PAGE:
The travails before the trials of a promising treatment
Before John Mellors and Dimiter Dimitrov, founding director of Pitt’s Center for Antibody Therapeutics, launched their UPMC-backed Abound Bio, they surveyed the clinical and business landscape. “I initially thought we would target infectious diseases,” says Mellors, who is chief of Pitt’s Division of Infectious Diseases and director of UPMC’s HIV/AIDS Program. “But Dr. Dimitrov and I decided there was greater unmet medical need in cancer.”
This was, perhaps obviously, in the era b.c.—before COVID-19. October 2019, to be exact.
In January 2020, Dimitrov, a University of Pittsburgh professor of medicine, and his lab were in the midst of several pediatric cancer projects. His group had also advanced to clinical trials an antibody that neutralizes Hendra and Nipah infections (respiratory viruses circulating in Australian fruit bats that have crossed into humans).
Suddenly his circles were abuzz with news of a pneumonia outbreak in China. “My collaborators are at the Wuhan Institute of Virology, where the virus was sequenced,” he says.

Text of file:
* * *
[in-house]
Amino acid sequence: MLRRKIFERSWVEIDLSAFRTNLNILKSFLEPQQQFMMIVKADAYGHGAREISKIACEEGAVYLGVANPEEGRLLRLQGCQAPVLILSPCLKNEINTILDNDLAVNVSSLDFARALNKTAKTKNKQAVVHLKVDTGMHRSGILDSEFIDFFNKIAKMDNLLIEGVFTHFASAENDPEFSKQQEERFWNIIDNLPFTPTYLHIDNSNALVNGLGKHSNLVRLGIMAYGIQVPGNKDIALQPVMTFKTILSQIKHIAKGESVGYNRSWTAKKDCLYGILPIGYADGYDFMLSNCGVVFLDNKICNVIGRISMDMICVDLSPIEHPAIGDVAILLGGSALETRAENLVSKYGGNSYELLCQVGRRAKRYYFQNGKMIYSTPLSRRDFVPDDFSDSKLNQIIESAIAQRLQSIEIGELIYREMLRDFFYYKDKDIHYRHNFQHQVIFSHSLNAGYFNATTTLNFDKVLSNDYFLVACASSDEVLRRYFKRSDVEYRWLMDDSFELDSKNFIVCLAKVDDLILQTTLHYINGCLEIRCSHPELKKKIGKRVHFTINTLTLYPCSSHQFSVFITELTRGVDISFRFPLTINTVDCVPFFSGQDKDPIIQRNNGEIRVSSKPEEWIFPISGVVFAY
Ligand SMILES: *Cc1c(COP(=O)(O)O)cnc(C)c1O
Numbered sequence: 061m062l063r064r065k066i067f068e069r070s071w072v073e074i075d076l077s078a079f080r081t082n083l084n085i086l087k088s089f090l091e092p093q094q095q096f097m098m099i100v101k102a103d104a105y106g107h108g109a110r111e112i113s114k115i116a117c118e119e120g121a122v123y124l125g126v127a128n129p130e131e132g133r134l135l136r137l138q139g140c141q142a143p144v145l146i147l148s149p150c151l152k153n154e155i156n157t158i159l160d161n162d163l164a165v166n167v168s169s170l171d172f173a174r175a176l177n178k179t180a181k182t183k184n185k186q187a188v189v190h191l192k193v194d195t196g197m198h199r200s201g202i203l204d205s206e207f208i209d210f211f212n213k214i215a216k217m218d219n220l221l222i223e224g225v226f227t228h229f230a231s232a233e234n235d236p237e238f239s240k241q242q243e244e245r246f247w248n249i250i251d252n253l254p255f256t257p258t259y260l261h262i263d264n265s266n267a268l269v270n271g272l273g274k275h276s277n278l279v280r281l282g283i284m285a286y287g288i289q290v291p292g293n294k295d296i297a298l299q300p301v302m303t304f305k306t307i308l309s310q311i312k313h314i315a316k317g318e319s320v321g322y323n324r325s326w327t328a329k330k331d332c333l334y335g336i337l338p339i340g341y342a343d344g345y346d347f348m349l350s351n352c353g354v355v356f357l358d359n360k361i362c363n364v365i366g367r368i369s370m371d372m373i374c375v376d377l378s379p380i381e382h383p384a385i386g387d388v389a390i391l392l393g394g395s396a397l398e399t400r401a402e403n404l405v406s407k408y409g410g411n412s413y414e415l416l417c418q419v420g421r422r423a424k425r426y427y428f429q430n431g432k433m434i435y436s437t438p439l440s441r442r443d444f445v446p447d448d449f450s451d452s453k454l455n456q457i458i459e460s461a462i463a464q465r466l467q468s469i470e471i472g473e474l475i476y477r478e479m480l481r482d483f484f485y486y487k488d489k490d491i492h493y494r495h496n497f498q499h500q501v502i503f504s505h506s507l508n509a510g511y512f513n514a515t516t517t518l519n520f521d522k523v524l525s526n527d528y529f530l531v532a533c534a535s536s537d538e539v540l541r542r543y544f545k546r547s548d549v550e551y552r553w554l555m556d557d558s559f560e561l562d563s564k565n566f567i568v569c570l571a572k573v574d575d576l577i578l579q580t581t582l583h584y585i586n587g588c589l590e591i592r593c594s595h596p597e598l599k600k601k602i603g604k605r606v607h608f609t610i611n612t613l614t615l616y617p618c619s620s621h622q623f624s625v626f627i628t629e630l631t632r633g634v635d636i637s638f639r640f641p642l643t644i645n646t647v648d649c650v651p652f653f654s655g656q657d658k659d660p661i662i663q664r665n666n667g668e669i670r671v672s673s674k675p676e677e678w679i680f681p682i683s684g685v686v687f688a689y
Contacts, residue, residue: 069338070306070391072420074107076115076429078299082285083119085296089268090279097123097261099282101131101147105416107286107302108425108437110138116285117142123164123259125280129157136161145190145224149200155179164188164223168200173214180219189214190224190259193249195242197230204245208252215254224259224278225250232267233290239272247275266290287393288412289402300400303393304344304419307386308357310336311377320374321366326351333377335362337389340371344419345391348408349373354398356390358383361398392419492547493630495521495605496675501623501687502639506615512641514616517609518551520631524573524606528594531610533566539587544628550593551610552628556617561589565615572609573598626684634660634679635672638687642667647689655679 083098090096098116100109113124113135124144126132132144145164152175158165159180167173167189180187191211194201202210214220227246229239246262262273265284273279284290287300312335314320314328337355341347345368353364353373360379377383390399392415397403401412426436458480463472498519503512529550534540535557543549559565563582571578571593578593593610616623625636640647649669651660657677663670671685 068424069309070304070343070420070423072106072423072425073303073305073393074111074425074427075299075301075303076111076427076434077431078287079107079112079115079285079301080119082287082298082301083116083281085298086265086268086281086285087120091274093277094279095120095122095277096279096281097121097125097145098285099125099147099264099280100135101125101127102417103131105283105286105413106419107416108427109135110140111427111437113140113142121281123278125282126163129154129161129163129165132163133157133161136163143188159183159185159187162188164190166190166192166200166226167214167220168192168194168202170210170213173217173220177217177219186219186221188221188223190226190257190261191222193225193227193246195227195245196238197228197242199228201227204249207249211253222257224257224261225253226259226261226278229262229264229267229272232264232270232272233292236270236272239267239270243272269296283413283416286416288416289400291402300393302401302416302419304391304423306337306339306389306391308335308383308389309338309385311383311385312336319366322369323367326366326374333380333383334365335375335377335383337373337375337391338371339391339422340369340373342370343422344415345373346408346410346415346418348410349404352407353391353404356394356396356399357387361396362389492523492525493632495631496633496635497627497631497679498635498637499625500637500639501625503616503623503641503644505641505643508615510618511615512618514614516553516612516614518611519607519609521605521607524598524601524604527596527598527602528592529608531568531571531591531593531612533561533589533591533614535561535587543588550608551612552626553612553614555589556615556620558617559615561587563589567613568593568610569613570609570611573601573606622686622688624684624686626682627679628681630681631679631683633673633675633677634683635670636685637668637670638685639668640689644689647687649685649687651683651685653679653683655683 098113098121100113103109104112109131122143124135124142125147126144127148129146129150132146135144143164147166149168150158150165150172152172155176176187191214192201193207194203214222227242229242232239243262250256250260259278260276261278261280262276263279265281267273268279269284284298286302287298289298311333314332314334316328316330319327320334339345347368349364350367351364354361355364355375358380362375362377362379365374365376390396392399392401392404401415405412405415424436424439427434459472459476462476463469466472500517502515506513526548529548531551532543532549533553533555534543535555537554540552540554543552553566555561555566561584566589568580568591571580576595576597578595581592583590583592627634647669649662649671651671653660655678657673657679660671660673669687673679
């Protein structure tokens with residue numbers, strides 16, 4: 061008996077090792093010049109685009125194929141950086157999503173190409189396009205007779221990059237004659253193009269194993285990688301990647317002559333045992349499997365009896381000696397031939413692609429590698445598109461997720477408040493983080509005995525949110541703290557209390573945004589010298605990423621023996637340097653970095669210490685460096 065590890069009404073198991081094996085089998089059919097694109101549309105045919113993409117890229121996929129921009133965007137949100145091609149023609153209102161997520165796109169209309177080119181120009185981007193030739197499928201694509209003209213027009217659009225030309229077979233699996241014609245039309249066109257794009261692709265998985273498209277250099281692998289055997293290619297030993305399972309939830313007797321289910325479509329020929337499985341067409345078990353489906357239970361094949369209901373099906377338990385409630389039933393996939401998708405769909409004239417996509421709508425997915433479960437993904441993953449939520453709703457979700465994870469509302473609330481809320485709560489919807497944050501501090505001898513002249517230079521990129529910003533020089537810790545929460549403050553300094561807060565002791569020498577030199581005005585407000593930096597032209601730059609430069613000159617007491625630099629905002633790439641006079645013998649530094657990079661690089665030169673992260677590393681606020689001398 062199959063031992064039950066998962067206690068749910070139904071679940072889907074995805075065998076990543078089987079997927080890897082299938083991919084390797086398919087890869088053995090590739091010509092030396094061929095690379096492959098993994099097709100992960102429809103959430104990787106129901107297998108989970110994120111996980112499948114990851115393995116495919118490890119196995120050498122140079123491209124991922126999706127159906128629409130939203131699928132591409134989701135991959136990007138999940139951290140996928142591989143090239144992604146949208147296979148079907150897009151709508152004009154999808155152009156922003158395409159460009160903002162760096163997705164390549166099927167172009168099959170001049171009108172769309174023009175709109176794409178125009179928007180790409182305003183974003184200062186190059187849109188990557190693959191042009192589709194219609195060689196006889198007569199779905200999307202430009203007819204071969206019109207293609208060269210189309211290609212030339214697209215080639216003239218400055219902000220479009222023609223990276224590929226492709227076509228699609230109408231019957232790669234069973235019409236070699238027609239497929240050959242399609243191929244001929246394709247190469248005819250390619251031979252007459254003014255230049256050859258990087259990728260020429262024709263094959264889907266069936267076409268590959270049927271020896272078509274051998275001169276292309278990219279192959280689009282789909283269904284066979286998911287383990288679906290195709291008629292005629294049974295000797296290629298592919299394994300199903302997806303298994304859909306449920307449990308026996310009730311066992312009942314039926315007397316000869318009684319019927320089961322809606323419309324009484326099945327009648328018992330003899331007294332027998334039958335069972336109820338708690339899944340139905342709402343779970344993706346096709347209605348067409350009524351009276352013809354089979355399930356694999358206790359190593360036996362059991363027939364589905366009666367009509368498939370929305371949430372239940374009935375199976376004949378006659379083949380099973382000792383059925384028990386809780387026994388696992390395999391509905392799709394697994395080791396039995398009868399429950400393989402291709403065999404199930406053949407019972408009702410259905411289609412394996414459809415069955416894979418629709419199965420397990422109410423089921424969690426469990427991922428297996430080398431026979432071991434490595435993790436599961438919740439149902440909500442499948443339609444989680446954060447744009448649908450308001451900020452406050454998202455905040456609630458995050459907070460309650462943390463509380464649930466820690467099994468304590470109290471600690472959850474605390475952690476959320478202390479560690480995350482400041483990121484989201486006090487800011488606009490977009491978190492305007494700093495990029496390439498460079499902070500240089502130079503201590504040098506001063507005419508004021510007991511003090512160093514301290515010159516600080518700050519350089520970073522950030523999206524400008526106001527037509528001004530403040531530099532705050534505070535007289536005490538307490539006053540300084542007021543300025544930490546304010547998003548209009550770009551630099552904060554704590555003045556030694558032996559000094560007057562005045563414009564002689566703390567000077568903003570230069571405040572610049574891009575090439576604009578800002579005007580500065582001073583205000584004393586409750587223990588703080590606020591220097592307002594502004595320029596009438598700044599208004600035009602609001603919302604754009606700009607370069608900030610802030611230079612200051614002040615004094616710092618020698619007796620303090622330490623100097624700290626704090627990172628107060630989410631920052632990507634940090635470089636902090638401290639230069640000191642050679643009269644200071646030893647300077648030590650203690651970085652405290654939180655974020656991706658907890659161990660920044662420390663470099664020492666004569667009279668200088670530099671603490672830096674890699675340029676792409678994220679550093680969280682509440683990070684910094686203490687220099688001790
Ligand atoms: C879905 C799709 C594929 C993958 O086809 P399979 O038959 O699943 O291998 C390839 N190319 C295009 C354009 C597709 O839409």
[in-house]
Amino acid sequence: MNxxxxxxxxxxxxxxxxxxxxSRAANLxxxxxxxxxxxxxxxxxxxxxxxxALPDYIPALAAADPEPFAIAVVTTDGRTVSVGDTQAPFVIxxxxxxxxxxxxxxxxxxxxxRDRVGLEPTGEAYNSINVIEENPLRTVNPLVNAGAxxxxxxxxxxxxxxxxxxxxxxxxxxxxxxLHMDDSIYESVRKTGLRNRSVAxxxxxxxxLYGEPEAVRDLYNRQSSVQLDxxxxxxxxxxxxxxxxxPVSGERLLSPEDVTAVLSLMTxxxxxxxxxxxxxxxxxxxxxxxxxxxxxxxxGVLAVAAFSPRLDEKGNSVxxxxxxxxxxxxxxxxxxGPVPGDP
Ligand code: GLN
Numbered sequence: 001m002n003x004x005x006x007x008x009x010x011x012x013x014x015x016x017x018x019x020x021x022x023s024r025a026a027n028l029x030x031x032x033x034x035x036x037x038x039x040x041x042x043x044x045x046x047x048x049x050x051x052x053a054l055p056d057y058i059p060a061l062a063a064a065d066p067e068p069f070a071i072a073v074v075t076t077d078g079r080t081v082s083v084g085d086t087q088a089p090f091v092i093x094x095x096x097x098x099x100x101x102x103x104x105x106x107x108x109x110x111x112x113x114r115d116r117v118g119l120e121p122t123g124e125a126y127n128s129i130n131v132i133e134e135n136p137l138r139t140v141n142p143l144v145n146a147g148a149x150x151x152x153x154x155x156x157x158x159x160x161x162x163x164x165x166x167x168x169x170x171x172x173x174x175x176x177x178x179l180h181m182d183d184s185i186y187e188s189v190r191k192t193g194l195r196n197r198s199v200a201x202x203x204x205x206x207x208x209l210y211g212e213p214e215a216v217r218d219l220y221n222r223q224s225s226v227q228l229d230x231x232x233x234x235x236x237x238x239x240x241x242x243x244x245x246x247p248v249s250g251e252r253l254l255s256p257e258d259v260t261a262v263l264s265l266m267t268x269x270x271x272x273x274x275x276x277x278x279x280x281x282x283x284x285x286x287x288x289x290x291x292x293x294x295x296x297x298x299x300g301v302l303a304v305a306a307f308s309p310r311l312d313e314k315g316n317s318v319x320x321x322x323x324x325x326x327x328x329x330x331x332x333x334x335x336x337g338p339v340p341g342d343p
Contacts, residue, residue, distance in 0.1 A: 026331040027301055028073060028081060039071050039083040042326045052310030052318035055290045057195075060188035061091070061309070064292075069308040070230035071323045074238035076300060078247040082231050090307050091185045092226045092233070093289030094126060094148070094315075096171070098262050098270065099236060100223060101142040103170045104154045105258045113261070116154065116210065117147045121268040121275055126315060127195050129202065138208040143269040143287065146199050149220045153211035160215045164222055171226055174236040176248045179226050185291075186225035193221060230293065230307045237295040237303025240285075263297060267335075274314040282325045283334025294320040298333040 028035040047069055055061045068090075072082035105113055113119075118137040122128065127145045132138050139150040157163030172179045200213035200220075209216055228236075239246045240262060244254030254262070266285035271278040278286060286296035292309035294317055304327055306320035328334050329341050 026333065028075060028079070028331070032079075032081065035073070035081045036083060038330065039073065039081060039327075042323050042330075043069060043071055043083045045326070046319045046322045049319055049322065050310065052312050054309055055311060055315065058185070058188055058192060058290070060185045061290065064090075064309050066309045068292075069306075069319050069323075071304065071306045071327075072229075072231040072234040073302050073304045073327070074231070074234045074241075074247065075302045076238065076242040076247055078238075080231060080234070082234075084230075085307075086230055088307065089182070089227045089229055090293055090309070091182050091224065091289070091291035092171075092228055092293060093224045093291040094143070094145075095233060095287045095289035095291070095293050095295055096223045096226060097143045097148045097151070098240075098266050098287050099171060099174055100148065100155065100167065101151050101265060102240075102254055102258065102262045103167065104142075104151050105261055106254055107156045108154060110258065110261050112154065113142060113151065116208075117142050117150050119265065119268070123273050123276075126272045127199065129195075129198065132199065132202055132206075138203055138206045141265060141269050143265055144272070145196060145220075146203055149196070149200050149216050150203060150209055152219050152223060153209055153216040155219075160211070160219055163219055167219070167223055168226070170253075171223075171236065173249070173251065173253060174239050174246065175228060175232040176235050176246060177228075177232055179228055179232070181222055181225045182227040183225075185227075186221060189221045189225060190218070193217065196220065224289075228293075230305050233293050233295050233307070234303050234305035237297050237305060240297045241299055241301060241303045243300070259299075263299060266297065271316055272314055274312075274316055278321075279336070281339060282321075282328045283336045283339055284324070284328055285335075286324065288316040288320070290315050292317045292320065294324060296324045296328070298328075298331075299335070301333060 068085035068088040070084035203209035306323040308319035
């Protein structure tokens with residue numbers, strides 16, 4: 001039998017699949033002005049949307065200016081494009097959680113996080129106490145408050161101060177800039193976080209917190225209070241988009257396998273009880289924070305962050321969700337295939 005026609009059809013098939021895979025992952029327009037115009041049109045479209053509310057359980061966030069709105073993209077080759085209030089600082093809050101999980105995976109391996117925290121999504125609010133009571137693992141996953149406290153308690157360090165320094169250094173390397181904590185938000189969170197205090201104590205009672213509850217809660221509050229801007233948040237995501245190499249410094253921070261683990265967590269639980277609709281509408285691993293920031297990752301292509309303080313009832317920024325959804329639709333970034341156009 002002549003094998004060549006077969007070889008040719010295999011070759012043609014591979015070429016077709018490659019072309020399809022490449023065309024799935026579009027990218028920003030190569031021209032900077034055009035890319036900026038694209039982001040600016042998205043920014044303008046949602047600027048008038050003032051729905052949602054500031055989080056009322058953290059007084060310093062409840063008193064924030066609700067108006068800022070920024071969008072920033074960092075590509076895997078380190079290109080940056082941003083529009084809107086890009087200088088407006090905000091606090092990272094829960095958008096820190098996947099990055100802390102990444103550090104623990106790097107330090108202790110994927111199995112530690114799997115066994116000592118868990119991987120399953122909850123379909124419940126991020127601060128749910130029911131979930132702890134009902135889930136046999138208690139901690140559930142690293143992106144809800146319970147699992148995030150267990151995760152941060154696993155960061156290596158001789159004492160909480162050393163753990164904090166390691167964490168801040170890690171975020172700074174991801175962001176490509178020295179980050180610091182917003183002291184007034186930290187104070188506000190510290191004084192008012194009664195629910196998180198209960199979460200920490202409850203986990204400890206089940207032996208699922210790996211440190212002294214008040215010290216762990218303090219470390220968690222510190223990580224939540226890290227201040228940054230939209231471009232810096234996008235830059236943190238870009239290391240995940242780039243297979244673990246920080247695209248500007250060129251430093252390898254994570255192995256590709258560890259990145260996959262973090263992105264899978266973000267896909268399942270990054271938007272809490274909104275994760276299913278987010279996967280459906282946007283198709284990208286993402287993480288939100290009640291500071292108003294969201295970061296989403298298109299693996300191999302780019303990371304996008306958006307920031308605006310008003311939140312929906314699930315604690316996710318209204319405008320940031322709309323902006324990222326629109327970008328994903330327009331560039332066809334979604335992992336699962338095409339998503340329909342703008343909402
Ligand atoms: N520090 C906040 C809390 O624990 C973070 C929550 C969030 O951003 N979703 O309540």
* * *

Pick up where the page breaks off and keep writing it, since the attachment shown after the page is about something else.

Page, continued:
When Chinese scientists released the genome of SARS-CoV-2 in mid-January, Dimitrov told Mellors he wanted to redirect his research team to the novel coronavirus.
They could find an antibody to stop it in record time—if his boss was willing to sign off.
This wasn’t Dimitrov’s first tango with a coronavirus. In 2003 he had zeroed in on how SARS-CoV infects people, then found an antibody to block it. He’d done the same with MERS-CoV. Now his team at Pitt was ready to tackle COVID-19.
“Mitko’s great,” says Mellors of Dimitrov. “He always asks me what I think.” Their conversation about the novel coronavirus, however, was short. This is an emergency, said Mellors. Go right ahead. Full force. UPMC Enterprises pitched in to cover the costs.
Why was Dimitrov—and colleagues who knew of his team’s work—so convinced he could stop the novel coronavirus?
Mellors recruited Dimitrov from the National Cancer Institute (NCI) in 2017. The time was ripe to exploit advances in antibody engineering to give the immune system the upper hand against a wide range of chronic maladies like HIV, cancer and rheumatoid arthritis. In his 27 years at NCI, Dimitrov had developed and refined methods to build vast libraries of engineered human antibodies, then identify the best among them to tweak immune function as needed for a condition.
A little immunology background: The adaptive immune system learns by exposure to antigens, the surface molecules that distinguish friend from foe—a beneficial gut bacterium gets a pass; E. coli gets the boot.